1) - It was the last time when a team with private focus scored a podium in the premier class - Kenny Roberts Jr with the KR211V (using non-works Honda v5 990cc engine).
That was actually a pretty darn good bike - the following year's KR212V 800cc was poo in comparison. They were getting so close... one more year with the 990s and I'm not sure the story would have been as it became the year after.
The KR team, with that stubborn and irreverent aproach compared to the rest, is really missed.

2) - Elias victory was an anomaly. He was a very good rider at that time but never looked to be as good as the guys at the top in the championship.
The tyres that Elias used on his semi-works RCV211v, for his luck, had been rejected by Pedrosa's team (HRC/Repsol, Honda works team) - that turned out to be a blessing in disguise.

- - -

I agree with every bit you wrote, and I suspect many in here do too.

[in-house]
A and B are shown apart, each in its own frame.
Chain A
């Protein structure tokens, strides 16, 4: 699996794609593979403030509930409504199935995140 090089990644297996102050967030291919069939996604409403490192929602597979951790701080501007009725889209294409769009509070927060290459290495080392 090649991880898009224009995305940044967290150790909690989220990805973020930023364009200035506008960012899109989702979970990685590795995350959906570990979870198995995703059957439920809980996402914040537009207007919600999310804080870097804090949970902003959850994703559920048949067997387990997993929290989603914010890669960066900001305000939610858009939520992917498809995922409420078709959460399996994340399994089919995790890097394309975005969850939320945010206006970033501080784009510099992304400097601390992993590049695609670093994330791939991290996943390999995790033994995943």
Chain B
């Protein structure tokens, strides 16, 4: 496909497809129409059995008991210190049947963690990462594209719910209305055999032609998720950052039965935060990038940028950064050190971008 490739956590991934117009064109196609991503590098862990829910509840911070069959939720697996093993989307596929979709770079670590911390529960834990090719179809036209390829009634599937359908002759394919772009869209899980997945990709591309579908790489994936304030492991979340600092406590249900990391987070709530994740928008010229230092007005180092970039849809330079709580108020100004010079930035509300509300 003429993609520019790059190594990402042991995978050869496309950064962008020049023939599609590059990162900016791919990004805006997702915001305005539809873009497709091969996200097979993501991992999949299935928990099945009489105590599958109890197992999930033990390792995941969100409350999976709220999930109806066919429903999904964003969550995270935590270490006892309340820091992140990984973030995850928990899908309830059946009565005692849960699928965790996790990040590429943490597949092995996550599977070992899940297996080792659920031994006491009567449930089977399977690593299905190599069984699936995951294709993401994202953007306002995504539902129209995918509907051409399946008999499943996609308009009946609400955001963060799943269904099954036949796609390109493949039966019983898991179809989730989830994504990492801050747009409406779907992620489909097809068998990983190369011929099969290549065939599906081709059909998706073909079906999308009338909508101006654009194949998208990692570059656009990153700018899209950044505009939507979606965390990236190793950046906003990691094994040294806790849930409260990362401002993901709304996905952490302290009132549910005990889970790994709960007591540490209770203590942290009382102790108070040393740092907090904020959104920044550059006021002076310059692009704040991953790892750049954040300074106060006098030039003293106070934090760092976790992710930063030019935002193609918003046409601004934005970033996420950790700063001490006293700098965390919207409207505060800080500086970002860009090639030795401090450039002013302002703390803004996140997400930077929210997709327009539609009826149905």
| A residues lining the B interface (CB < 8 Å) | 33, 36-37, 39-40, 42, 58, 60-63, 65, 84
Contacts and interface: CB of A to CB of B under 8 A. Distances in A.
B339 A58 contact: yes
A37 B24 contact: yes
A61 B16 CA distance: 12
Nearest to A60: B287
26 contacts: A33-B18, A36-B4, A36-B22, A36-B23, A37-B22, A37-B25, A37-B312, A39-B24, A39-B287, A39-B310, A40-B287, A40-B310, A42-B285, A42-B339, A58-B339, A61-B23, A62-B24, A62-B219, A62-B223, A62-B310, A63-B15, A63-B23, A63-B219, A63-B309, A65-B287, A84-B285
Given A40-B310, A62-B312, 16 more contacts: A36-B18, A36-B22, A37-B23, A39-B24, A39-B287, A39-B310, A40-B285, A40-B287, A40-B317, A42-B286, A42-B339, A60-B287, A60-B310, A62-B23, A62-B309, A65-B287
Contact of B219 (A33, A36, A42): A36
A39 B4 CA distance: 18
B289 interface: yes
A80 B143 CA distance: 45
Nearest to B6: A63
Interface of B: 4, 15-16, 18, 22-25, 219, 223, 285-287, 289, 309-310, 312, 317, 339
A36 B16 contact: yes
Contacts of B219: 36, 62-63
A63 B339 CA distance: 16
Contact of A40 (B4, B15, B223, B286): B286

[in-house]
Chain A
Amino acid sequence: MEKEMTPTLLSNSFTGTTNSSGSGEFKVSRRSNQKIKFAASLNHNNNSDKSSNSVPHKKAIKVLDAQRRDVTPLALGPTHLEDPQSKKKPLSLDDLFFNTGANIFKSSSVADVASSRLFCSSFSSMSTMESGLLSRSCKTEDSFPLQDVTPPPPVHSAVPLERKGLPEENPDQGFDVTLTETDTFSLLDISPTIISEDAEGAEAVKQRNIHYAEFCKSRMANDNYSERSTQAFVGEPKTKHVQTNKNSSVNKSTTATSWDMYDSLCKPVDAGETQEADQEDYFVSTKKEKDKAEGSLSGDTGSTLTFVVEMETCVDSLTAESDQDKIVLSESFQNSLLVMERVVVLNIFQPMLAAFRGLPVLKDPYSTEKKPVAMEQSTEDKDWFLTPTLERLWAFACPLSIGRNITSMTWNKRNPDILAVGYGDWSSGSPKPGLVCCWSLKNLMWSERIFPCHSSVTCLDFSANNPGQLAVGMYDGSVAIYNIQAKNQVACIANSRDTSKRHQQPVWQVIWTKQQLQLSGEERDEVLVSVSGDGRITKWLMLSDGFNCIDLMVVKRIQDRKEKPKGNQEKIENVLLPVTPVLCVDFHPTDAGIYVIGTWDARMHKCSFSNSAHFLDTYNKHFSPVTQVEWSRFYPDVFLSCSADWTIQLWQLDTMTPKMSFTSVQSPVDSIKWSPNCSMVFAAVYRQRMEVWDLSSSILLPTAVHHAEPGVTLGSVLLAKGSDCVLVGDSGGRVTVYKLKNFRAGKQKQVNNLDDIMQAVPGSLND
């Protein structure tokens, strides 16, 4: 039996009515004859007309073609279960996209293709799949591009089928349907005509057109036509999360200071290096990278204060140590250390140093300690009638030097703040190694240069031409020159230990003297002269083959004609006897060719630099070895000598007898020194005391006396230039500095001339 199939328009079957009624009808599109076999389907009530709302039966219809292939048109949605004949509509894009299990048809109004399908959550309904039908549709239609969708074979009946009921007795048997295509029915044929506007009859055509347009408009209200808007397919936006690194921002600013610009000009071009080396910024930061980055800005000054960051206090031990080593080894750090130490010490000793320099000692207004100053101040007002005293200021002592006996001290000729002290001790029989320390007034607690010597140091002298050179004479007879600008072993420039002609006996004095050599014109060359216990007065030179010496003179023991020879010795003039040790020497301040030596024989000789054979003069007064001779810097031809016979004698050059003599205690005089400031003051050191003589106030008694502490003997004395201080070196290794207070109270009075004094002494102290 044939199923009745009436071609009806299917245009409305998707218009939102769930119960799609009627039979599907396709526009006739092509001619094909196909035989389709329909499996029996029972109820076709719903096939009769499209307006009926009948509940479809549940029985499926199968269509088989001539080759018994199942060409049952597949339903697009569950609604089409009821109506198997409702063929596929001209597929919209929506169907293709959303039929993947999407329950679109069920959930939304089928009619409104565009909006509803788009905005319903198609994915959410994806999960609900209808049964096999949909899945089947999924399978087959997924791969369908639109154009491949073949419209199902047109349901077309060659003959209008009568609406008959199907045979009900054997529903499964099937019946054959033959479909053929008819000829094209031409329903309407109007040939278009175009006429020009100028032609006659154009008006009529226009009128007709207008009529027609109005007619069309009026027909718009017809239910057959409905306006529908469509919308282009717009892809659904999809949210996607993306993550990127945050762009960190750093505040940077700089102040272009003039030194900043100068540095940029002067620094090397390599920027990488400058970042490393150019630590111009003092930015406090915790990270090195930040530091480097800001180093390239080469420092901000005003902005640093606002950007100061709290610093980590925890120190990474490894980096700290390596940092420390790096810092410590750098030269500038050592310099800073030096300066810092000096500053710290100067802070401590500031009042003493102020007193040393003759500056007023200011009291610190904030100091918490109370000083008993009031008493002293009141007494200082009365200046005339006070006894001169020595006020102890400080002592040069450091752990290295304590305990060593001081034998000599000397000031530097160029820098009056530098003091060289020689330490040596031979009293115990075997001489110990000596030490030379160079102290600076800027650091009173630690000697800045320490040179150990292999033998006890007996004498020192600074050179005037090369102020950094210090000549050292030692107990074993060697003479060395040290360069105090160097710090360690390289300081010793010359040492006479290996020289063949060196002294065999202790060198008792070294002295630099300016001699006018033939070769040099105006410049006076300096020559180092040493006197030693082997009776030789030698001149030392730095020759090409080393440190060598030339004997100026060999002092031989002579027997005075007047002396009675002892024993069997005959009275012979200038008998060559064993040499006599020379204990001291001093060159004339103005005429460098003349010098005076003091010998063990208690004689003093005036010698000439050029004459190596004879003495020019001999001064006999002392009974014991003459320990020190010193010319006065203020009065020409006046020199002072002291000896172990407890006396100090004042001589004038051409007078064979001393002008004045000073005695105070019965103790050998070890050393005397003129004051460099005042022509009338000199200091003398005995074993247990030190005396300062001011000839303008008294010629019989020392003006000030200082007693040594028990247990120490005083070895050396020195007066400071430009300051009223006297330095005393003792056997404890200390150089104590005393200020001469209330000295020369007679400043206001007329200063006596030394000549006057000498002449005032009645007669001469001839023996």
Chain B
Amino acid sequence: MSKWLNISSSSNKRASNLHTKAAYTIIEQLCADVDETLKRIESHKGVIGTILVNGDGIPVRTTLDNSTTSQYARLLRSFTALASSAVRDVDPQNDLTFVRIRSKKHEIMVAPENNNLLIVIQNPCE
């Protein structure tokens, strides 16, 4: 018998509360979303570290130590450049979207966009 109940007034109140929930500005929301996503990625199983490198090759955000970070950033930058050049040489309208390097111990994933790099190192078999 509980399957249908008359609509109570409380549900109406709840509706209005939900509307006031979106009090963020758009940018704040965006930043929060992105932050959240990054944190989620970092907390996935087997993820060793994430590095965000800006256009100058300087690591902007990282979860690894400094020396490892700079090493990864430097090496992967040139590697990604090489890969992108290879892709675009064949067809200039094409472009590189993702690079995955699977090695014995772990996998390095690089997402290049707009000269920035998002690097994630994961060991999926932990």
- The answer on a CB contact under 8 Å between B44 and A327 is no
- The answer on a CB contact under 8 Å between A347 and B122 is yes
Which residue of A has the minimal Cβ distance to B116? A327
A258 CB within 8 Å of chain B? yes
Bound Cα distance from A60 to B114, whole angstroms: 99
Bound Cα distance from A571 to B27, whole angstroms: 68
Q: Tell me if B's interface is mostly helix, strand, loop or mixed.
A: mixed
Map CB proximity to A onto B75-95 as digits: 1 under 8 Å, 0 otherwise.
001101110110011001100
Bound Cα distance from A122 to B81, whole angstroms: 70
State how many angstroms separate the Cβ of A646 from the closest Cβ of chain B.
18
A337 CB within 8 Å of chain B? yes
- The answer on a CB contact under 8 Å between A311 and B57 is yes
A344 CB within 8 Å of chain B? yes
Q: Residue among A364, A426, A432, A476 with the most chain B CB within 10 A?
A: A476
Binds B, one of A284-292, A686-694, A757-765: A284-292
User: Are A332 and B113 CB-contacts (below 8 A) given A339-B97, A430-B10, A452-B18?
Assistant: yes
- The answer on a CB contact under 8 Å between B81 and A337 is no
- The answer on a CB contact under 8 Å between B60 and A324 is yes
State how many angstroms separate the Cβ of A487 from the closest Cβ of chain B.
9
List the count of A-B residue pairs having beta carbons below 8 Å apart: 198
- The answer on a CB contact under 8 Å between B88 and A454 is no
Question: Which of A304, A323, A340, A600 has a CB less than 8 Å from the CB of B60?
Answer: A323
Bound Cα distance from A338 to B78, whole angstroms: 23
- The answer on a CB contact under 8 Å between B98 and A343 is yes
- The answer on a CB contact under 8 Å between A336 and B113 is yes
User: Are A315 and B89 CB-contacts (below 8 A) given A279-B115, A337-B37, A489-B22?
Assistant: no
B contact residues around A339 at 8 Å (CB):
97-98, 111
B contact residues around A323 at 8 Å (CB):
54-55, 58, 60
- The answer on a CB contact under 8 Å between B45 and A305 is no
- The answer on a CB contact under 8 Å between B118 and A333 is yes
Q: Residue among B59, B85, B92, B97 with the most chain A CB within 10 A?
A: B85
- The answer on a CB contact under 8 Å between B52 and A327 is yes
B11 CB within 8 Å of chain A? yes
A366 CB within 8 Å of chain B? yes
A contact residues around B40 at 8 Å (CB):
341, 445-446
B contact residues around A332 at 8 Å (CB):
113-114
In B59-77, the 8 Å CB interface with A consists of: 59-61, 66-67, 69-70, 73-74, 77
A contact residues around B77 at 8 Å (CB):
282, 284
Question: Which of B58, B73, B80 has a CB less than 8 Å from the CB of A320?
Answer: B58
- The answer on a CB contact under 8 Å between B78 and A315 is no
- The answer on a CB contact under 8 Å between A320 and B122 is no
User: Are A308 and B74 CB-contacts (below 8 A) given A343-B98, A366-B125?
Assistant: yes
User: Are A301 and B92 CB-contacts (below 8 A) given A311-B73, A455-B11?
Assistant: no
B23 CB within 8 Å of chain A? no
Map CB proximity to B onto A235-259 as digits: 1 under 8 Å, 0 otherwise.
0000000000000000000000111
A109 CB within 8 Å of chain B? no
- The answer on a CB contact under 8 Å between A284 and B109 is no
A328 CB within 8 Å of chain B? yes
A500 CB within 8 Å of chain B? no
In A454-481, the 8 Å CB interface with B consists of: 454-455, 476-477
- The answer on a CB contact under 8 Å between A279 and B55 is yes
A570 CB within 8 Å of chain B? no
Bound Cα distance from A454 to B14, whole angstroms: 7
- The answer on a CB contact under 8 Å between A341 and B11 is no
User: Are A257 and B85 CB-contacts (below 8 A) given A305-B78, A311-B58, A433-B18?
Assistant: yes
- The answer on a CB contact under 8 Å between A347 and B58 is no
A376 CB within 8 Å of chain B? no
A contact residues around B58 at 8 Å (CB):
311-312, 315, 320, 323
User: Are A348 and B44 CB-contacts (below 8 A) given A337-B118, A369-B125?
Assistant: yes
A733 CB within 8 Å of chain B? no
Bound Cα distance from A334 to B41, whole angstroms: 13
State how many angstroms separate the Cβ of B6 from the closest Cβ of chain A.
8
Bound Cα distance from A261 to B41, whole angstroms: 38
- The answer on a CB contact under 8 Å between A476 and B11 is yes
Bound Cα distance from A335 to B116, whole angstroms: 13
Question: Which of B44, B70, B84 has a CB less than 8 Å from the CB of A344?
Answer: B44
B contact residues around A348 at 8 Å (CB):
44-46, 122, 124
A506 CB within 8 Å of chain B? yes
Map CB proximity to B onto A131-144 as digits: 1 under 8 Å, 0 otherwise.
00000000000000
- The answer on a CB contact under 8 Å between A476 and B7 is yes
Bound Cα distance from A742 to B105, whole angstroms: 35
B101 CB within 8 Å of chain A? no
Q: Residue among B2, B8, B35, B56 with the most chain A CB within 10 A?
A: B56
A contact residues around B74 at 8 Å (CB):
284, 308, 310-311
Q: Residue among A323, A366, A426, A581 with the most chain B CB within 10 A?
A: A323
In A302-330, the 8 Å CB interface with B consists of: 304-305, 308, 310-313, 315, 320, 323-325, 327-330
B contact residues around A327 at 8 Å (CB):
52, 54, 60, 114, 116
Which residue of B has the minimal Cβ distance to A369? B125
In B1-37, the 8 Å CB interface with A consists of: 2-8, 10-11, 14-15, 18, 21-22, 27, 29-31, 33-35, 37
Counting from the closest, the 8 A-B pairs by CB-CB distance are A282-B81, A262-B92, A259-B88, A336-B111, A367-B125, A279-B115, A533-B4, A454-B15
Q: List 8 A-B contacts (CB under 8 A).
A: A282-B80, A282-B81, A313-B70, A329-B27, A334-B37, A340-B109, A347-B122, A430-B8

I believe there's an aura with the Grand Prix 500cc 2-strokes that will never, ever, be replaced. While they did became a bit stale in development, what made them more entertaining to watch was the fact that you knew those guys were riding savage and unforgiving machines which would NOT allow excesses or errors (not like these do). In this case "oldies are goldies".

The 990cc 4-strokes MotoGP era, which substituted the GP 500cc 2-strokes, introduced a variety of shapes and an amazing cacophony of sounds, all mixed with 'smokin-n-slidin', that certainly brought interesting times (best period since the early 1990s untill this day). And that still prevailed even when the electronics found a way in.
From the start of 2007 on, we may as well say "R.I.P." to that.

The analogy may look unfitting but, with the electronics, it's like watching the lion tamer inside the cage in the circus, but knowing that he now uses a freaking taser-gun in one hand, just in case the big cats get too excited.
It would be still very risky and a spectacle, but it wouldn't be really the striking show it was before, would it?

Some excited fellas (or tech-nerds) call it "rose tinted glasses" syndrome and will lead you either to vintage-racing or the period's video-recordings.
The thing is, if you were really watching it back then, you know what you saw. *shrugs*
There is no 60º leaning on corners with scaletrix-like grip tyres, from race start to finish, or NASA-like electronics, that can ever change that.

@ Bricktop